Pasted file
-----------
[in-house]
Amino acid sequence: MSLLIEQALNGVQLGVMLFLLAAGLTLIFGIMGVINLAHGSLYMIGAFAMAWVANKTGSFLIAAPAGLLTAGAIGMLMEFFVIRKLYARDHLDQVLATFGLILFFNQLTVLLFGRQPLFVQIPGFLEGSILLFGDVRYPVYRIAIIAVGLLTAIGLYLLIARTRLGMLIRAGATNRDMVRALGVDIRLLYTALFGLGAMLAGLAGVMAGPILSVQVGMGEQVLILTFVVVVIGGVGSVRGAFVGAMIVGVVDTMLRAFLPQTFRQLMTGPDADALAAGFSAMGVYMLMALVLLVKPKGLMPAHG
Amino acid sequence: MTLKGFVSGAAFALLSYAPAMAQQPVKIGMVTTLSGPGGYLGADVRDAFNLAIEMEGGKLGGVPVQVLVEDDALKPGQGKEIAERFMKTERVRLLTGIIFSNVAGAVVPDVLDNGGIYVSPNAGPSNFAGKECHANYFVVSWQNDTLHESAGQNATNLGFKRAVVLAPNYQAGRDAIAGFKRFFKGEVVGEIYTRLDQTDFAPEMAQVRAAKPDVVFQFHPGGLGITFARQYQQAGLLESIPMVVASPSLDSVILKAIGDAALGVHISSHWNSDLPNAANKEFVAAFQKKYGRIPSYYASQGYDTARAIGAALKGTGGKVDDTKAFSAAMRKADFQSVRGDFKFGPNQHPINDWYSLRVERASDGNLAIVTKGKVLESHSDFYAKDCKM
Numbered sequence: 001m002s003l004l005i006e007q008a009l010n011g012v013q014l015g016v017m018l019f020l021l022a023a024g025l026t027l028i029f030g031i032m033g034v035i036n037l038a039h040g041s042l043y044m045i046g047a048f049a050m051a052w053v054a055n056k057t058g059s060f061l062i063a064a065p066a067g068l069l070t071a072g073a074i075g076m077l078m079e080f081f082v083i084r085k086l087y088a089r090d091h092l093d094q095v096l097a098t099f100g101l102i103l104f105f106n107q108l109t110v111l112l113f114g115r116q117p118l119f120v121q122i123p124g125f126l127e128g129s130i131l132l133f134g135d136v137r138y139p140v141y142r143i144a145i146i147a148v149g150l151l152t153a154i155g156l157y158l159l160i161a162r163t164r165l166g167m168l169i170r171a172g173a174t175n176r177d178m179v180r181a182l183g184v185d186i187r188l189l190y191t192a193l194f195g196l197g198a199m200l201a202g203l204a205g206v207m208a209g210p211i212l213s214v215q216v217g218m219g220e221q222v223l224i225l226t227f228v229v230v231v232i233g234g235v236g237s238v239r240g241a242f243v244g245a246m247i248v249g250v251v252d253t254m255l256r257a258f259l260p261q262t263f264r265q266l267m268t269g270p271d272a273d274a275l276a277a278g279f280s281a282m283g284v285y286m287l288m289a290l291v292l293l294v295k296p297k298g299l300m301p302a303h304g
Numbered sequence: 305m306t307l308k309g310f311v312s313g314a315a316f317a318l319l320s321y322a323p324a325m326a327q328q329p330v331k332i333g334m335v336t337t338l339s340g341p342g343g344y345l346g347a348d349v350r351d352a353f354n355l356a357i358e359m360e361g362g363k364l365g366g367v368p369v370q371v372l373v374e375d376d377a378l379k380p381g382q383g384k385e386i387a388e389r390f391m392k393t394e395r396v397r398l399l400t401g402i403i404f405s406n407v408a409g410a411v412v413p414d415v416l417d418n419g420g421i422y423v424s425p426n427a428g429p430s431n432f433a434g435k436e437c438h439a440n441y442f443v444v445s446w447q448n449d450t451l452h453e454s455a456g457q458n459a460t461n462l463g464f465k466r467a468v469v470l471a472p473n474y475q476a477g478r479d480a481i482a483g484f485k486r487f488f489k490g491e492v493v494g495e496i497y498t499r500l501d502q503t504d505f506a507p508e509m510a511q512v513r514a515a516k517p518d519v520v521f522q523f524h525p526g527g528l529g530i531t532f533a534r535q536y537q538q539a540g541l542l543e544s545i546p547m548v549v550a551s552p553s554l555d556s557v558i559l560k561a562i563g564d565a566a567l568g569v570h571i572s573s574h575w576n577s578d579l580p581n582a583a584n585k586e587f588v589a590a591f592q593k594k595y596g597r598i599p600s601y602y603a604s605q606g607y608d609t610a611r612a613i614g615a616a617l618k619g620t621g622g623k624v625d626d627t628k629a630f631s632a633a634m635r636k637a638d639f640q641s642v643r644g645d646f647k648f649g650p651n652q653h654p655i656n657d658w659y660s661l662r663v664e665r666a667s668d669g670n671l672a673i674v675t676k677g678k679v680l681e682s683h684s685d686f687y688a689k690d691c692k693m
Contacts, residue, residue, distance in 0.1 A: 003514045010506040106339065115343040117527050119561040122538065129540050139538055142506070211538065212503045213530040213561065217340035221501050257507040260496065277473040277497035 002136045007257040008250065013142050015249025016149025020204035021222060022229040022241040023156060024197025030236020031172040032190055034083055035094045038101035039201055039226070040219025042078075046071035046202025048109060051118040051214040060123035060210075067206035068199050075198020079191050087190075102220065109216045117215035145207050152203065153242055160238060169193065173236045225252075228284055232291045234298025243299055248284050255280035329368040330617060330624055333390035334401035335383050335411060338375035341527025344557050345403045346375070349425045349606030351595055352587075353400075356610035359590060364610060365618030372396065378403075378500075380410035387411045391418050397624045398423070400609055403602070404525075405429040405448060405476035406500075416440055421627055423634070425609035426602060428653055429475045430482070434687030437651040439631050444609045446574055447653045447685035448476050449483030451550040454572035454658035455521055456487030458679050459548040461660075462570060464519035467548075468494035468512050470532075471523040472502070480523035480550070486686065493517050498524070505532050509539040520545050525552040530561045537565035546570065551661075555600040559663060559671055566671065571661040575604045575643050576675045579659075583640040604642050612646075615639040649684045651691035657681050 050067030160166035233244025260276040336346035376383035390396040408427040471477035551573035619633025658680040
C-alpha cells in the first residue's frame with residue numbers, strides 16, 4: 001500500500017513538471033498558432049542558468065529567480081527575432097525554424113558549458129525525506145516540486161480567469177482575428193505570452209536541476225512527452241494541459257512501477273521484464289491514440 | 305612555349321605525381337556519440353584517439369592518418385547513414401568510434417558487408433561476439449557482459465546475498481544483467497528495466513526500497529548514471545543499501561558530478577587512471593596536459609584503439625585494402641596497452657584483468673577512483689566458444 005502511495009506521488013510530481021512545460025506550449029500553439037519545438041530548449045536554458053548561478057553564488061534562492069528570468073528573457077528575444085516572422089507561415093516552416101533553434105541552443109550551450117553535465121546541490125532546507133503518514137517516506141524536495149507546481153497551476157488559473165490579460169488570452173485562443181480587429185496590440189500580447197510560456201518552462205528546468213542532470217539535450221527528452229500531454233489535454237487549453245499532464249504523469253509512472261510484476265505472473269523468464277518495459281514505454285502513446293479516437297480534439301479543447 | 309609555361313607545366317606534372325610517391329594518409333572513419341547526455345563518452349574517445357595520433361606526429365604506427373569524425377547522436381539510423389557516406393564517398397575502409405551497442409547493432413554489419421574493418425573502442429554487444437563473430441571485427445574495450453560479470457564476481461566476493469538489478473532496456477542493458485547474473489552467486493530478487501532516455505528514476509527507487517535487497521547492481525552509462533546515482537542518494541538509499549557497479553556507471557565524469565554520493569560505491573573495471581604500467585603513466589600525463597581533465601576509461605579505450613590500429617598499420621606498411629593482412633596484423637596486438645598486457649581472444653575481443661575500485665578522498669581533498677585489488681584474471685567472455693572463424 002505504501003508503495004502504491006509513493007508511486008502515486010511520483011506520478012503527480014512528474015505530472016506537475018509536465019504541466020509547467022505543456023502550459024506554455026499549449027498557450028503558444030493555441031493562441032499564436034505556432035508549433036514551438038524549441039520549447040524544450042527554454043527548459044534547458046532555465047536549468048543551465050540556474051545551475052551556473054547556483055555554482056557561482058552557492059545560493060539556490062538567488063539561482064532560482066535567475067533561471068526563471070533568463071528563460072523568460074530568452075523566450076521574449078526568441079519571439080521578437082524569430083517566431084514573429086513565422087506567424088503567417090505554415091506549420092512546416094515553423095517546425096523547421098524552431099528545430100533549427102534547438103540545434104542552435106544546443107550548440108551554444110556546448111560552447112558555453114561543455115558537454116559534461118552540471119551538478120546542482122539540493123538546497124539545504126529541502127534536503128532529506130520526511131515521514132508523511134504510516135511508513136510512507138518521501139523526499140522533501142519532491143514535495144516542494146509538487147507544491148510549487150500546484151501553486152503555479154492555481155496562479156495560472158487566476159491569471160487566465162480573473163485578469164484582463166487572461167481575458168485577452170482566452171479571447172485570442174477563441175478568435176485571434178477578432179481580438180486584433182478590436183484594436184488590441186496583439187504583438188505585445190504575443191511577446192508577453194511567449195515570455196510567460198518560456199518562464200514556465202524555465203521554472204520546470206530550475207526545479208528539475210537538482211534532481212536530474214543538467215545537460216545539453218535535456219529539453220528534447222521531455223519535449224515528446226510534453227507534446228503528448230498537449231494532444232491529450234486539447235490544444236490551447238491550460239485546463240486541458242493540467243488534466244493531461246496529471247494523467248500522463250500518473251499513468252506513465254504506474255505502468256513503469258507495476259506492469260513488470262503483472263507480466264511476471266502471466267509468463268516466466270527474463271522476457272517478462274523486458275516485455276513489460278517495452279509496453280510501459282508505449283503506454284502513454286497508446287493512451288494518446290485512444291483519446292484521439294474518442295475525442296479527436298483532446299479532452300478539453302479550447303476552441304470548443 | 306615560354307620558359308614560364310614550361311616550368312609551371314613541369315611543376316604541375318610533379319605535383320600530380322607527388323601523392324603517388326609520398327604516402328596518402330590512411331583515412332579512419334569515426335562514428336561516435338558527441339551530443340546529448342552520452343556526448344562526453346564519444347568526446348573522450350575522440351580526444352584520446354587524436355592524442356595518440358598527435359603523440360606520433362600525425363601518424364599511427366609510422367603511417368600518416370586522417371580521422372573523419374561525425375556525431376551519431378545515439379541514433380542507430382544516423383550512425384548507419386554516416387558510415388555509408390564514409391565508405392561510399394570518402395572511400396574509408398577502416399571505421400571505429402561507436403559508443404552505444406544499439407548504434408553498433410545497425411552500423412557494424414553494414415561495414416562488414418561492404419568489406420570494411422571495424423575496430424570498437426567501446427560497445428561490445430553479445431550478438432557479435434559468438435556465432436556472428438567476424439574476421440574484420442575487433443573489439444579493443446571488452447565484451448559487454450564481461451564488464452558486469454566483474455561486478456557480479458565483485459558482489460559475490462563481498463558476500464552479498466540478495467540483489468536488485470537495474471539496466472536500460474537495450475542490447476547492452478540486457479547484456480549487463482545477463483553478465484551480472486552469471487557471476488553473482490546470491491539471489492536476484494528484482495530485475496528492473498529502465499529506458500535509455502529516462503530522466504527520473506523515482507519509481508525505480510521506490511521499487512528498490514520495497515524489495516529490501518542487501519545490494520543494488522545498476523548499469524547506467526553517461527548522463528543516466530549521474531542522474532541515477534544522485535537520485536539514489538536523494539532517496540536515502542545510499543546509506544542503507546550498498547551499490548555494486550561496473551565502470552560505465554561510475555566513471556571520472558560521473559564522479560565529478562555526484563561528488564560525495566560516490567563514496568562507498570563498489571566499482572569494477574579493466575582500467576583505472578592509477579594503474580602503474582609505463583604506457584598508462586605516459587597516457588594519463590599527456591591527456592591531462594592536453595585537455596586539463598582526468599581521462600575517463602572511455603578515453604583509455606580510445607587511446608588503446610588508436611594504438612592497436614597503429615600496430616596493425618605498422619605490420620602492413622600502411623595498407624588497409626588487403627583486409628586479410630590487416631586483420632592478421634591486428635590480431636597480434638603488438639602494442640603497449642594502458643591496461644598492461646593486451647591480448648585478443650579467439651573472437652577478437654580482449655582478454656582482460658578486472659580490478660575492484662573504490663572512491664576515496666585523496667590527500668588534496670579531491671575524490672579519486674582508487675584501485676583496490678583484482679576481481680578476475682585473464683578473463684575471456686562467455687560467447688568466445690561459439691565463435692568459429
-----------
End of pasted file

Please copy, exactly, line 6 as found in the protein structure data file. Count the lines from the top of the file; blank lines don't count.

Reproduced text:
Contacts, residue, residue, distance in 0.1 A: 003514045010506040106339065115343040117527050119561040122538065129540050139538055142506070211538065212503045213530040213561065217340035221501050257507040260496065277473040277497035 002136045007257040008250065013142050015249025016149025020204035021222060022229040022241040023156060024197025030236020031172040032190055034083055035094045038101035039201055039226070040219025042078075046071035046202025048109060051118040051214040060123035060210075067206035068199050075198020079191050087190075102220065109216045117215035145207050152203065153242055160238060169193065173236045225252075228284055232291045234298025243299055248284050255280035329368040330617060330624055333390035334401035335383050335411060338375035341527025344557050345403045346375070349425045349606030351595055352587075353400075356610035359590060364610060365618030372396065378403075378500075380410035387411045391418050397624045398423070400609055403602070404525075405429040405448060405476035406500075416440055421627055423634070425609035426602060428653055429475045430482070434687030437651040439631050444609045446574055447653045447685035448476050449483030451550040454572035454658035455521055456487030458679050459548040461660075462570060464519035467548075468494035468512050470532075471523040472502070480523035480550070486686065493517050498524070505532050509539040520545050525552040530561045537565035546570065551661075555600040559663060559671055566671065571661040575604045575643050576675045579659075583640040604642050612646075615639040649684045651691035657681050 050067030160166035233244025260276040336346035376383035390396040408427040471477035551573035619633025658680040